The Languid Journey Home (photo by MTF) @alphaluxe

For our return to Oxford, the downstream route took us past iconic Oxford scenery including Christchurch Meadows and College, the University Regatta Course, the College Boat Houses, the Head of the River and Folly Bridge Island.

Oxford Head of the River (photo by MTF) @alphaluxe


Caudwell’s Castle

As we approach the end of the cruise, we circumnavigate Folly Bridge Island situated in the middle of the River Thames. Originally known as North Hinksey House, this building was erected in 1849 for Joseph Caudwell, an eccentric Oxford accountant who perhaps planned it as a folly to match the name of the bridge.

Folly Bridge Island (photo by MTF) @alphaluxe

‘Caudwell’s Castle’ soon attracted unwanted attention from high-spirited undergraduates, one of whom was shot and seriously hurt by Caudwell in 1851 while trying to drag one of the cannons that sat on the forecourt into the river. At his subsequent trial Caudwell was found not guilty after his lawyer made much of the malicious intent of the students who “…after luxuriating at a cricket club supper at the Maidenhead, smoking cigars and drinking beer, sallied forth, and in order to fill up or rather to kill time, proceeded to this man’s house for wanton mischief, and to despoil his premises, for the sake of gratifying a morbid and wicked disposition.”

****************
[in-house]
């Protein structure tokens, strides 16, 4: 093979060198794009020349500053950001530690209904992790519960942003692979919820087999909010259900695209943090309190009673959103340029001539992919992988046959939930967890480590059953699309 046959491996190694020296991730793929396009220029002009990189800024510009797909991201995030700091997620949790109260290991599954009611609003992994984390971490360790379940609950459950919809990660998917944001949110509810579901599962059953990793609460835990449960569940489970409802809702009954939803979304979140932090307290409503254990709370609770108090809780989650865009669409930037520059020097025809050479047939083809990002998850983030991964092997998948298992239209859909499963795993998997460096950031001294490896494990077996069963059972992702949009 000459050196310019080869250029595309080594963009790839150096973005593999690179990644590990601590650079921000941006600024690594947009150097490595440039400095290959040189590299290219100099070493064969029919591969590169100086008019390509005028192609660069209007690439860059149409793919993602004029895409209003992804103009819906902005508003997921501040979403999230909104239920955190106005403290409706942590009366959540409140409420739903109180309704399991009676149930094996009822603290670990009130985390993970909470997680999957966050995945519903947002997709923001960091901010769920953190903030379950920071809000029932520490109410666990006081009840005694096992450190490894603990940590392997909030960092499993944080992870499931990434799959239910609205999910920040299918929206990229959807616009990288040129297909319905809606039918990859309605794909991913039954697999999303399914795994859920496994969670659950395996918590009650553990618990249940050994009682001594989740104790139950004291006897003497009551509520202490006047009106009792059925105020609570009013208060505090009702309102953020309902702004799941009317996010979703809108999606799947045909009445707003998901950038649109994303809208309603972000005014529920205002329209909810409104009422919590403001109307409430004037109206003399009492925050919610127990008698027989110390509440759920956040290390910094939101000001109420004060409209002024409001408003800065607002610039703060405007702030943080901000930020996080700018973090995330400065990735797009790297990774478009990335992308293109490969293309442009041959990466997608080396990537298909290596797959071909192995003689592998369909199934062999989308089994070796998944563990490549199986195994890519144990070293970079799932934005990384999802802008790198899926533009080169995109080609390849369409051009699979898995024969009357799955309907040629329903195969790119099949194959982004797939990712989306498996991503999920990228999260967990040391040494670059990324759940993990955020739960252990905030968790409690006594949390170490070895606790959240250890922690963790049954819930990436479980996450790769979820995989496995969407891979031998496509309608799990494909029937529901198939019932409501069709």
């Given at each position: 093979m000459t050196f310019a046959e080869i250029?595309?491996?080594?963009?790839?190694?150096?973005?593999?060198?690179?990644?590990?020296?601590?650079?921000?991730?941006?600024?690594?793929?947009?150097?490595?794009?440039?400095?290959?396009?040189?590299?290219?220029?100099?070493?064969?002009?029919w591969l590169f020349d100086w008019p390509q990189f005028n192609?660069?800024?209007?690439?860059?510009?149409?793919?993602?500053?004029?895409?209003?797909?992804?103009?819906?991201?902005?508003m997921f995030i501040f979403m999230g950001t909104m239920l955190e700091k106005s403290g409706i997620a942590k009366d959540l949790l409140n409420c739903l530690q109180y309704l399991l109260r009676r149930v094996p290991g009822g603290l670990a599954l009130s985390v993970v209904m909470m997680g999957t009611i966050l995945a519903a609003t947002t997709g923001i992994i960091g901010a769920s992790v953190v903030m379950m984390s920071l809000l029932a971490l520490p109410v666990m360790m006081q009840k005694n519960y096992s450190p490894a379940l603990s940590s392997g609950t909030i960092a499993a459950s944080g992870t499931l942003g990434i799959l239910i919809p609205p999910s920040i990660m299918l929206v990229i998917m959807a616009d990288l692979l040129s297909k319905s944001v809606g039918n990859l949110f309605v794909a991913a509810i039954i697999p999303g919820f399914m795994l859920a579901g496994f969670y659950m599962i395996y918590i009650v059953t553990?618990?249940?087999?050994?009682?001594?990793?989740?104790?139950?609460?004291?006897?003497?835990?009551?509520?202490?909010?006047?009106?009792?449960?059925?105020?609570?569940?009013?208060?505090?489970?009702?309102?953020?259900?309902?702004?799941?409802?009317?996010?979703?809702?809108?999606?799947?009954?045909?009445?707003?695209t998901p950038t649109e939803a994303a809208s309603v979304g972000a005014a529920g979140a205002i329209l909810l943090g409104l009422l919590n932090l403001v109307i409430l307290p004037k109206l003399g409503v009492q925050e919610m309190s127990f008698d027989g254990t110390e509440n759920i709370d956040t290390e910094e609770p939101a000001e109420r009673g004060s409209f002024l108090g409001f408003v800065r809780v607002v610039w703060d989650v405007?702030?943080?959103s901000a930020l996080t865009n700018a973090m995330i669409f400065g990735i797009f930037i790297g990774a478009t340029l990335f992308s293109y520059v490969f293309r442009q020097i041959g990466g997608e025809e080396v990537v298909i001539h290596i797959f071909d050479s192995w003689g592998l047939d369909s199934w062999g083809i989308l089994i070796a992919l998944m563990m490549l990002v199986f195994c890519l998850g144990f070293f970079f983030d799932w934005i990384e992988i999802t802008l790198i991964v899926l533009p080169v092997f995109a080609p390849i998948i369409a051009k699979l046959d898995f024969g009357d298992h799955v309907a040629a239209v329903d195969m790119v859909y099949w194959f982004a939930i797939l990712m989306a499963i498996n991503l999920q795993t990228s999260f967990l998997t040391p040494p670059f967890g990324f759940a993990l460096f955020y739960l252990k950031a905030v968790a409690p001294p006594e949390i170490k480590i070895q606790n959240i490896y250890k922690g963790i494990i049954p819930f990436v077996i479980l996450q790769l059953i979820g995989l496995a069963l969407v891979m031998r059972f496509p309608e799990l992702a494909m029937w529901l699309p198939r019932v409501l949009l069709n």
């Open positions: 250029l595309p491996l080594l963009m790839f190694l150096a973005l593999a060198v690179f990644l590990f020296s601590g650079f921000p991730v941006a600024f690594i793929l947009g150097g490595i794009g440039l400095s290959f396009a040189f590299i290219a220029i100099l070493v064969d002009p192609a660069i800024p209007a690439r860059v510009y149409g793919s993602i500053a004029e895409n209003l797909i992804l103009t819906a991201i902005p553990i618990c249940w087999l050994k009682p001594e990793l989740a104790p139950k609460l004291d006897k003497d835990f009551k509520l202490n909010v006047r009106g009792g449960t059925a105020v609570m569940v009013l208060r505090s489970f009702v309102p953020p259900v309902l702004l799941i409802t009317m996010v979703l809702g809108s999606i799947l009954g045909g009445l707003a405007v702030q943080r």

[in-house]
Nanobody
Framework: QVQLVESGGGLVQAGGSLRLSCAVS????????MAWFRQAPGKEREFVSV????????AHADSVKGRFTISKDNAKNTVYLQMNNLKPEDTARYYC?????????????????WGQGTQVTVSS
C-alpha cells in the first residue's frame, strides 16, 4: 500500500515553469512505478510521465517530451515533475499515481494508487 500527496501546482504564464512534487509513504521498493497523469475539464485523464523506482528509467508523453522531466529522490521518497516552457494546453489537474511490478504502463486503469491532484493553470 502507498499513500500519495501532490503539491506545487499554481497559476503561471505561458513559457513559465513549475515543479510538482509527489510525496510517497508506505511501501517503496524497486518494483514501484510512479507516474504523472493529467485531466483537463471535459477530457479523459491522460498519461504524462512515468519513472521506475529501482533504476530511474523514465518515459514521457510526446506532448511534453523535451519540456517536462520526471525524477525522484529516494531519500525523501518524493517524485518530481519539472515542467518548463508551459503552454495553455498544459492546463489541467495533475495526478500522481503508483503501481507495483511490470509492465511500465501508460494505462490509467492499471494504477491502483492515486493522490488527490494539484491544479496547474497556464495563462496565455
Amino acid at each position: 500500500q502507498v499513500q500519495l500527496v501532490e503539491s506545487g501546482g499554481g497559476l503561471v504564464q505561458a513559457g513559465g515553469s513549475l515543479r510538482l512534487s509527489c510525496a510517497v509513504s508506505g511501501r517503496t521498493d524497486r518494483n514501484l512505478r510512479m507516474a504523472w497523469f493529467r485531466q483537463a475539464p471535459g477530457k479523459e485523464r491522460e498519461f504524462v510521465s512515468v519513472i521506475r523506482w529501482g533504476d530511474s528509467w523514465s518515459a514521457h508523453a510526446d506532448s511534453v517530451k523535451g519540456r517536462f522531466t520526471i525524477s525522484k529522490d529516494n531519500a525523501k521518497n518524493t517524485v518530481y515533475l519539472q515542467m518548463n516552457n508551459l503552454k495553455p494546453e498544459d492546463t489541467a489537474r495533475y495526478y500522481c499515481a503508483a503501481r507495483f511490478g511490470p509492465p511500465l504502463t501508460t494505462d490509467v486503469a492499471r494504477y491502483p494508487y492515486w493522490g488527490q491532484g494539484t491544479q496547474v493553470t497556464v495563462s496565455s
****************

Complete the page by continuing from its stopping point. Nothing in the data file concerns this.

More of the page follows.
The building features an interesting variety of windows and a number of plaster statues, including ‘Atlas’, who has unfortunately lost his globe, on the roof of the roadside façade.


AlphaLuxe Comment

Lazing Along the River Like Alice in Wonderland at Oxford (photo by MTF) @alphaluxe

After a couple of hectic days of trampling around as tourists in Oxford, quite frankly, we were exhausted, so this Lazing Languidly up the Isis jaunt was a refreshing break. Although we passed some famous, albeit unfamiliar, college views from the river, it was one of our favourite excursions in the ‘city of dreaming spires’.

Other Grazing and Lazing articles from Oxford

Sunday Roast Beef Dinner at Turf Tavern


Author’s Biography: Melvyn Teillol-Foo (MTF)

Dr Melvyn Teillol-Foo is a contributor on AlphaLuxe web magazine. He was former CEO of horology discussion fora. He blends his scientific medical objectivity from the pharmaceutical industry with purist passion, in his musings about watches, travel, wine, food and other epicurean delights.
His travelogue ‘Lazing’ and feasting ‘Grazing’ series of articles have now passed into “mythic legend” on the original ‘’ website. Those were the halcyon days when he was “rich and famous” that he remembers with bittersweet fondness.

Dr Teillol-Foo is a quoted enthusiast on the watch industry, appearing in feature articles and interviews by Wall Street Journal, International Herald Tribune, Sunday Times (London), Chronos (Japan), Citizen Hedonist (France) and other publications. He has authored articles for magazines like International Watch (iW) – both U.S. & Chinese editions, ICON (Singapore), August Man (Singapore), Comfort (China) and The Watch (Hong Kong).